Self Just Wants to Say

. . .  that “Vicky Cristina Barcelona,” which self just finished watching yesterday (instead of going to “Knowing” –  ha ha ha!  And it turned out to be the No. 1 box office movie of the weekend!), is a great Woody Allen movie.

But, what’s a Woody Allen movie anyway?

Self confesses she stopped being a fan after the movie where Martin Landau gets away with murder.  She did see “Match Point,” on the enthusiastic recommendation of Stanford niece (who is so smart that self also allows her niece to guide her on what the “It” literary journals of the moment are, with the result that self ends up with many many many anonymous rejection letters, from the likes of The Virginia Quarterly Review), and hated it.  Haaated it!  Imagined Woody leering all over Scarlett Johansson’s nubile bod.

Thank God, though this movie stars Scarlett again, it is actually rendered interesting by:  (1)  a voice-over by a man who is not discernibly Woody Allen; and (2) the presence of a brown-haired actress, the “Vicky” of the movie title, who radiates wicked vulnerability, and made self root for her, every frame of the film.

Self liked the movie so much she thinks she’s going to watch it again today.  Stay tuned, dear blog readers, stay tuned.

Self’s On-Line Creative Writing Class Still Has a Few Slots

Dear Blog Readers,

Self’s upcoming UCLA Extension Writing Class, The Essential Beginnings:  An Introductory Creative Writing Workshop in Fiction, still has slots open.

Please tell your friends:  it’s five weeks of intensive writing and talking about writing and workshopping and in general just intense (on-line) engagement.  I have always loved the on-line workshop, the freedom (as well as anonymity) it gives you.  Self means:  at least, when people read your piece in an on-line class, they have no idea how you look, right?  So whatever impression your physical appearance will have made (whether positive or negative) is taken out of the equation, and people have to go by what’s on the page.

Self has always loved these classes.  For five weeks she gives her students her un-divided attention, and she’s rewarded, always rewarded.  It never fails:  one or even several students discover they like –  no, love –  the writing process.

Class begins April 1.  Program rep is Corey Campbell.  Her contact info:

(310) 825-0107 / ccampbel@uclaextension.edu

P. S.    Self’s next class, immediately after this one, is another five-week “Essential Beginnings,” but for non-fiction (memoir and other forms of creative non-fiction)That one begins May 13 and runs to June 17.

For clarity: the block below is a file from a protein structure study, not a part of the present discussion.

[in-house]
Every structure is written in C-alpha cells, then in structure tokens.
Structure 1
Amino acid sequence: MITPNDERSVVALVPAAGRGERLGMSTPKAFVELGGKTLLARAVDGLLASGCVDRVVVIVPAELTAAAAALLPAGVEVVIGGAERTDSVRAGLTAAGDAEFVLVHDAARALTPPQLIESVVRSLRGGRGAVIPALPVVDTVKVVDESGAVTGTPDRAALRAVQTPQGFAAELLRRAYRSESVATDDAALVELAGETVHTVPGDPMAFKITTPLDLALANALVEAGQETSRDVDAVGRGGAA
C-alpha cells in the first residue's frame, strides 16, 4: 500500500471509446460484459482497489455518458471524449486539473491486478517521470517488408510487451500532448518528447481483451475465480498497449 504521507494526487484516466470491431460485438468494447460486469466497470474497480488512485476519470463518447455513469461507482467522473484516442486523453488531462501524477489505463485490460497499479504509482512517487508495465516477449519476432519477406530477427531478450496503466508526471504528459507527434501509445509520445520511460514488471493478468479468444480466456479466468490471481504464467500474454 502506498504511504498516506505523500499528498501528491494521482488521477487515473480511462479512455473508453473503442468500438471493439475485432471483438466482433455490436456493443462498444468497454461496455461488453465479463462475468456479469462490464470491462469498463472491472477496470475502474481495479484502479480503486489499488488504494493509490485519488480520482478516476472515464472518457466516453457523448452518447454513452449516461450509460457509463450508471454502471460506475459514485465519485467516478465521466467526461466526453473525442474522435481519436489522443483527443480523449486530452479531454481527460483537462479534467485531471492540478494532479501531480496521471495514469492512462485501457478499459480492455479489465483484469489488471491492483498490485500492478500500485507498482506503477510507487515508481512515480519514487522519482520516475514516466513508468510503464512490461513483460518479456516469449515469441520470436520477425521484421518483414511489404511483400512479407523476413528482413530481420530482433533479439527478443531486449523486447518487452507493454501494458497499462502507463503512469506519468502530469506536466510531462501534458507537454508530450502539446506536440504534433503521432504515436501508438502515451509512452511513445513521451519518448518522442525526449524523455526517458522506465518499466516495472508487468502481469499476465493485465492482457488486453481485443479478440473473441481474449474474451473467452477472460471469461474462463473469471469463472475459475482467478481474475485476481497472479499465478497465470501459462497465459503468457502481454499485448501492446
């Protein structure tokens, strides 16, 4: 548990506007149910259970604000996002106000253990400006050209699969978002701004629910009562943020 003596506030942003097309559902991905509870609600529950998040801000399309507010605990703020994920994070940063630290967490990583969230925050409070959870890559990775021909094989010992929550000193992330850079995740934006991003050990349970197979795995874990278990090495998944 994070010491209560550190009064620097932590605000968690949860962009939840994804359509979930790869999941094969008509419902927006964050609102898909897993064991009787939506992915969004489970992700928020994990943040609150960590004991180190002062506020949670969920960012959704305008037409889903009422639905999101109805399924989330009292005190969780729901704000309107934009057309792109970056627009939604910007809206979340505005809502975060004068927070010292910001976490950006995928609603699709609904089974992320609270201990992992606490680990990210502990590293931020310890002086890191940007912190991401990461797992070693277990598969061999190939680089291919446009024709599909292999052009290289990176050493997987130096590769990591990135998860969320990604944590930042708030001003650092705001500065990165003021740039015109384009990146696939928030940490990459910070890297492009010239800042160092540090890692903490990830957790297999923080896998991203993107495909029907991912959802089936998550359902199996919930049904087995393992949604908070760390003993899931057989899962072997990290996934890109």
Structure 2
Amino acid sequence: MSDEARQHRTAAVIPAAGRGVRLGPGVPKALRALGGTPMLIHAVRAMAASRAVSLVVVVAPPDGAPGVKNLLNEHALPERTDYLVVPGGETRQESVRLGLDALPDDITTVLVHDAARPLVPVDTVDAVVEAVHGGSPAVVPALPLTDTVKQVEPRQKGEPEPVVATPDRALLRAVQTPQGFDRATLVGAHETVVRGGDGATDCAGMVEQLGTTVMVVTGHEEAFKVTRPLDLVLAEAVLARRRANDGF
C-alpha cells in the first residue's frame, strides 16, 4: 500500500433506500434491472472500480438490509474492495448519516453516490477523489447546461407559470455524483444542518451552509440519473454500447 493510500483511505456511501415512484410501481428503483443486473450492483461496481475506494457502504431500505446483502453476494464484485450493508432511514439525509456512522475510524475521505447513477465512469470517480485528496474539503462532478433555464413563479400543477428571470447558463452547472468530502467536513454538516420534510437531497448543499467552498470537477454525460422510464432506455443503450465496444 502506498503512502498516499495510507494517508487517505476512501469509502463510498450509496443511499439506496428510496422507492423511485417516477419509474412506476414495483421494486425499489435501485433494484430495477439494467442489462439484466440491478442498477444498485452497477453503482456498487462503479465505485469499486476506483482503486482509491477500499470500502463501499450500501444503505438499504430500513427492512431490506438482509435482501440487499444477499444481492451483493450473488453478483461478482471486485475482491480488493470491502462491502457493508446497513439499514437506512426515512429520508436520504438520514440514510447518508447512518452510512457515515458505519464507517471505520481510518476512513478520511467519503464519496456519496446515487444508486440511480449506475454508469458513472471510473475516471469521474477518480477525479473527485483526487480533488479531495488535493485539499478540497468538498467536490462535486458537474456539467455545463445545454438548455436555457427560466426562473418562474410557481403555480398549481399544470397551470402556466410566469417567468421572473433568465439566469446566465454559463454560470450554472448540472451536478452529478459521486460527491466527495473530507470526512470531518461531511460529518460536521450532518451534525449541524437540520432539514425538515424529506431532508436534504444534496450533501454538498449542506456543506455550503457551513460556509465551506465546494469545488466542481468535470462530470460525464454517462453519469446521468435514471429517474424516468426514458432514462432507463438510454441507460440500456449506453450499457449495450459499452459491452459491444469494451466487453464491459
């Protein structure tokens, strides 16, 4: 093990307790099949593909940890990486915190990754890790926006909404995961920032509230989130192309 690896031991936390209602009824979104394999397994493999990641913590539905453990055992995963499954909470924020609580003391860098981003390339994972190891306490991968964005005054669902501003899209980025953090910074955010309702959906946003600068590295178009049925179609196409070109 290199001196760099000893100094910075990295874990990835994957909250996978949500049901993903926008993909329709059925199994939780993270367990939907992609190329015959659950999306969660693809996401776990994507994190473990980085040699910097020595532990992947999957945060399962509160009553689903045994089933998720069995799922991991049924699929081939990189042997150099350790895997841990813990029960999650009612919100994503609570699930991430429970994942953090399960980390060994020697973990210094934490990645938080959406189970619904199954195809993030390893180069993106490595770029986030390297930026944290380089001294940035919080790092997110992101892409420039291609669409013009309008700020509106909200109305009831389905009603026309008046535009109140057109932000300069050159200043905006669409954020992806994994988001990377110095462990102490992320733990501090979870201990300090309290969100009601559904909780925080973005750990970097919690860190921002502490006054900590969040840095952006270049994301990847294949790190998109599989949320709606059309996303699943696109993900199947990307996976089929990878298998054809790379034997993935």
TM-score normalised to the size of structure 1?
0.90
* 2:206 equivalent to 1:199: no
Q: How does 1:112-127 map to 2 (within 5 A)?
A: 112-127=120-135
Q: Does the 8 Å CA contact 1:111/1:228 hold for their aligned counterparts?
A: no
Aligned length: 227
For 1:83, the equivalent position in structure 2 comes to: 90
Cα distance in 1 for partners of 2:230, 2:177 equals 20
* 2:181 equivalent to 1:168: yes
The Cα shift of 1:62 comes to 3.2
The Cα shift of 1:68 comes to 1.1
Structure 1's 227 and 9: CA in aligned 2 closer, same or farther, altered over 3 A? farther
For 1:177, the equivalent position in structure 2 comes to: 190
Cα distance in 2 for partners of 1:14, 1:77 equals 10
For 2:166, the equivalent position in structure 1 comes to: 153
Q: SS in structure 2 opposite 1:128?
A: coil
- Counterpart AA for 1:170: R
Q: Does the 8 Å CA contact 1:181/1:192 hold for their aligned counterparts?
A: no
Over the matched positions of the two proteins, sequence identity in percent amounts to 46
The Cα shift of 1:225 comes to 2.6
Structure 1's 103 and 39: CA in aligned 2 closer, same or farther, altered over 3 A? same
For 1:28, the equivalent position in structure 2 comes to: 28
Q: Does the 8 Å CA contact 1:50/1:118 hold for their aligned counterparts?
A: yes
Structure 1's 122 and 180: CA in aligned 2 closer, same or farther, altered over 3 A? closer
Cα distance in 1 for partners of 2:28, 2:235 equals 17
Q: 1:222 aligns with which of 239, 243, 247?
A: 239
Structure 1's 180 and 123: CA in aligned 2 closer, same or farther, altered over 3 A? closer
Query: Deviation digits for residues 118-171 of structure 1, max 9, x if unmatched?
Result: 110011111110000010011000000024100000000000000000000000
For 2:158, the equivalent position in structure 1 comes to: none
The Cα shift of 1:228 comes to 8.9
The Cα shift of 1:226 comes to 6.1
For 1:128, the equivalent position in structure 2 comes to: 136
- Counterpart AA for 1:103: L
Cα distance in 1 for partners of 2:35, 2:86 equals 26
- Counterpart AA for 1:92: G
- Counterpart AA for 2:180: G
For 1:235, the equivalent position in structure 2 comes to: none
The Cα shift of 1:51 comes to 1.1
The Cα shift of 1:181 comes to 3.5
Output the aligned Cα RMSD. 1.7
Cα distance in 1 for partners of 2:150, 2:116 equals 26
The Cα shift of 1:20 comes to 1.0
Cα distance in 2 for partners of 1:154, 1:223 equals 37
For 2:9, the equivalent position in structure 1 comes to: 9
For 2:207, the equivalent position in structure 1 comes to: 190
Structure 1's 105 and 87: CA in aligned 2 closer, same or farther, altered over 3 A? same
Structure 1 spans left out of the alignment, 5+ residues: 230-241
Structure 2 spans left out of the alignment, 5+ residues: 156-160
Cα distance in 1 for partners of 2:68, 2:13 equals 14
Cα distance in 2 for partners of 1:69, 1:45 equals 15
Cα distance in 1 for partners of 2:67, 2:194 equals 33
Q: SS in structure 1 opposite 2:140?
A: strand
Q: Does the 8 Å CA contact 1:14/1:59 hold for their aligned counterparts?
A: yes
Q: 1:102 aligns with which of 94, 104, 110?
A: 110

There Must Have Been Voices in His Head

The most famous suicide in literary history is in the forefront of self’s mind at the moment, because of this news item floating around the web today:

  • According to the Times of London, the son of poets Sylvia Plath and Ted Hughes killed himself (no date given)

How self’s students used to swoon over Sylvia’s poetry.  Self suspects it had something to do with the poet’s dramatic end.  There were two children:  were they asleep upstairs when she did the deed?  Time seemed to have stopped, as far as the family was concerned.  No one thought anymore about the two. Who took them, who raised them, what kind of people they grew up to be –  no one spared a thought.

But here they are, conjured, alive and breathing, in late middle age.

The boy grew up and moved to Alaska.  He lived alone, he never married, he never had any children.  He was 47 when time stopped for him, as well.

47!  How did he escape notice all these long years, while his father was making his mother’s name by publishing post-humously the poetry that would make her famous?  While his father continued to live in England and reap accolades?  What drove this man to Alaska?  Where it all ended, apparently a few days ago.

There was another child, and now self learns her name is Frieda.  Sole survivor of the storm that was Sylvia and Ted.  Self hopes fervently that Frieda’s life has been good –  or, at the very least, placid.

Stay tuned, dear blog readers, stay tuned.

Brain Cloud, Saturday: Rain, Gardening, Pasta for Dinner, and Further Musings on BATTLESTAR

Planted again today. Little cell packs of Scabiosa, $3.95 a pack, from Wegman’s. Their little blue flowers are supposed to come out in the summer. So, by that time, when self will be well and truly sick of not-teaching, the blue flowers will be a salve.

Son text-ed: his last exam is over. A feeling of great relief washes over all concerned.

Did a little writing today, got all excited, decided to dash off immediately to a contest, then realized the contest was not for this incipient novel that self thinks is so great, but for short stories. So she’ll have to go back to those, and look over them, and see if any are worth putting together in a collection. Then she’ll have to make sure she’s within the contest word limits, and — well, it all seems just too complicated for a Saturday evening.

Dinner was pasta primavera: self threw into the pot every vegetable she could find in her fridge: tomatoes, onions, zucchini, green and red peppers, parsley. Noodles were a pack of fettucini hubby brought home from Safeway the other day.

Self still musing over last night’s Battlestar Galactica finale, and she took a look at some blogs that talked about it, and quite a number of people were dissatisfied, one blog in particular accused the show’s writers of resorting to that hoary old technique, “Deus ex machina.” But self thinks the show’s creator had it right when he told an interviewer, “The thing about this show is, what’s on the screen is always so much better than what’s on the page.” In other words, who knows how the whole thing hung together, but the fact is that it hung. Self thinks it was because of the characters, their individual stories, which, when taken all together, resembled some grand space opera. (Is that a new genre? Space opera?) Self thinks we won’t see the show’s like again.